A different model for unbundling the faculty role would create two distinct tracks for faculty members: one for instructors and another for researchers. The teaching-only track would be full-time and professors would be evaluated on their teaching, not their research productivity.
Standardizing and elevating the teaching-only role of faculty on campuses would eliminate the ad-hoc hiring of adjuncts that occurs now and professionalize the teaching corps by recruiting academics interested first and foremost in instruction. That in turn would provide another pathway for graduate students into academic careers and encourage graduate programs to create programs for students who want to focus on teaching at universities.
2. The Three-Member Team: Faculty, Preceptor, TA
A model is emerging that adds a third person to the teaching team—an instructor in-between the professor and the teaching assistant. These teachers, sometimes called preceptors, are experienced full-time instructors who help students make connections between what they learn in the lecture to their experience in small group sessions or in labs (in the case of science courses). The TA’s also benefit from the preceptors, who teach the graduate students how to teach undergraduates.
3. The Design-Build Approach: Faculty and an Instructional Designer
With the growth of online education in the last two decades a new player arrived on the scene: the instructional designer. Instructional designers help traditional faculty translate their face-to-face courses into virtual classes, where educational material can be presented online.
Today, the position of instructional designer is one of the hottest jobs on campuses nationwide. Membership in the Association for Educational Communications and Technology, the primary national group of institutional designers, has grown by 50 percent over the last decade, to more than 2,400.
The team approach to designing and building courses typically results in a better experience for students and reduces the workload for faculty, most of whom have little formal training in learning science and may often teach exactly the same way they were taught.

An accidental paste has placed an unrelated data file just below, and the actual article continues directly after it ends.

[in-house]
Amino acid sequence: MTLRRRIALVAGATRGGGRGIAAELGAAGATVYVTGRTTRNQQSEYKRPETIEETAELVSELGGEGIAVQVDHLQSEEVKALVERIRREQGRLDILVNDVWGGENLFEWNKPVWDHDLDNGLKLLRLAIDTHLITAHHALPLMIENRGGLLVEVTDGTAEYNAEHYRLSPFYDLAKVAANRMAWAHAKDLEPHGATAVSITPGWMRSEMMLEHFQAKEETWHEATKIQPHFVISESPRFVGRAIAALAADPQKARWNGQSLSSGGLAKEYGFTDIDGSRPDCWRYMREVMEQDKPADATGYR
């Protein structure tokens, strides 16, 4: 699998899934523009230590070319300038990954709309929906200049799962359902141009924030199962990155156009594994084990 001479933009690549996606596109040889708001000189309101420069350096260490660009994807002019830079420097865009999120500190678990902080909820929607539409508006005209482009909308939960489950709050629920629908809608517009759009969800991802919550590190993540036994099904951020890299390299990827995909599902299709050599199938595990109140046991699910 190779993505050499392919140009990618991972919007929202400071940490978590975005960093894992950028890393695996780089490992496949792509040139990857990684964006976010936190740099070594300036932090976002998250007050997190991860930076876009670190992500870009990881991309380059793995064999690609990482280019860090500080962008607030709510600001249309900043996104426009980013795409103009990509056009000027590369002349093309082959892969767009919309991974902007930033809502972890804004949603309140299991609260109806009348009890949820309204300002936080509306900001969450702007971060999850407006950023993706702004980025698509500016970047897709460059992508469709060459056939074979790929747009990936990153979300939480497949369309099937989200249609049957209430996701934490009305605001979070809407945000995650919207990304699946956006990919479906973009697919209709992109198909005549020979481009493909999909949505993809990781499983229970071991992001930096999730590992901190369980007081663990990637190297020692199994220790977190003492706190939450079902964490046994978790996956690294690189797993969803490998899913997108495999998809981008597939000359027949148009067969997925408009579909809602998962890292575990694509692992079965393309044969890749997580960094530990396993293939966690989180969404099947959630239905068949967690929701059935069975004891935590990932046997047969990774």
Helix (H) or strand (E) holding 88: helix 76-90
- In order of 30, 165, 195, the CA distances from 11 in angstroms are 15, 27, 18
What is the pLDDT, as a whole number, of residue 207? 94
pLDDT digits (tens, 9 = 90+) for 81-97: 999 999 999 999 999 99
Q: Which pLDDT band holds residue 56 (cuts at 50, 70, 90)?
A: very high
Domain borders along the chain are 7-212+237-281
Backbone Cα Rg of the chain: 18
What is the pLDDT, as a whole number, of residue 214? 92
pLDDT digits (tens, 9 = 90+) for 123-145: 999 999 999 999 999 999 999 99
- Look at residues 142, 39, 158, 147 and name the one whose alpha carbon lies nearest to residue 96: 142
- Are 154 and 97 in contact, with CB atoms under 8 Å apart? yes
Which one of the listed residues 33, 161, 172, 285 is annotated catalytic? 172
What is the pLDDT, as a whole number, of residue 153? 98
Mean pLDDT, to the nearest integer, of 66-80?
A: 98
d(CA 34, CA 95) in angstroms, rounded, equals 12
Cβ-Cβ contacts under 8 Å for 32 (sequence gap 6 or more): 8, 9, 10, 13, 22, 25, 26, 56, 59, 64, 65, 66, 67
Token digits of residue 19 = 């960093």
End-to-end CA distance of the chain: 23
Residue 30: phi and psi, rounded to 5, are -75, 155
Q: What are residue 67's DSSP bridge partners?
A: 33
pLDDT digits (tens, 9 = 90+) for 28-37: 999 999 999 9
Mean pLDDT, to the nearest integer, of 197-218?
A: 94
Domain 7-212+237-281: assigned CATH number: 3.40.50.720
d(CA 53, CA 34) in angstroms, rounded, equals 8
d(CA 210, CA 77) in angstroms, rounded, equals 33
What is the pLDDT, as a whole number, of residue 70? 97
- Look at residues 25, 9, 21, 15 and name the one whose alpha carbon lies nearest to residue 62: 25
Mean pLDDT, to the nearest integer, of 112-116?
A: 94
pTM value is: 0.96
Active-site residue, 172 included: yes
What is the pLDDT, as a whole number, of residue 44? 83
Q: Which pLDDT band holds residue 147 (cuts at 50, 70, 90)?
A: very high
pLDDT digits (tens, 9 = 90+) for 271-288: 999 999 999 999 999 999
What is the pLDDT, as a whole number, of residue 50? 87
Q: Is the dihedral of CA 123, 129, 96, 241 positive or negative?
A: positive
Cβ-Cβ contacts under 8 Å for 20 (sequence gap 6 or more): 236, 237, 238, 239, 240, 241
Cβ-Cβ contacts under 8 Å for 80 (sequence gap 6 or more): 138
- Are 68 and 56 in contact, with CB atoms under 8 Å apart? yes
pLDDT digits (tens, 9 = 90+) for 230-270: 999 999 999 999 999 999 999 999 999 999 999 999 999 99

4. Scholarship for All, No Matter the Role
If the faculty role becomes divided between research and teaching, professors will need to remain engaged in some form of scholarship to remain current.
This will require colleges and universities to adopt a more comprehensive definition of research that applies to a wider range of professorial roles on campuses. For instance, faculty members in the teaching function described earlier will need to be encouraged by institutions to conduct research on effective classroom practices and learning science, and that work will need to play a role in their evaluations.
5. A Flexible Faculty Role
The four scenarios laid out above make clear that the faculty role in the future will likely change drastically from what has existed on college campuses. Flexibility will be a key attribute of anyone pursuing an academic career in the future.
In many ways, varying the role of faculty members on campus will give academics more choices about the pathways to pursue throughout their careers. Today, the faculty career is largely flat and built at one institution. Even those who become full processors perform essentially the same job they did as associate professors.
With multiple channels available for faculty, professors in the future might have more choices about the direction of their own careers.
Jeffrey Selingo is author of the new book, There Is Life After College. You can follow his writing here, on Twitter @jselingo, on Facebook, and sign up for free newsletters about the future of higher education at jeffselingo.com.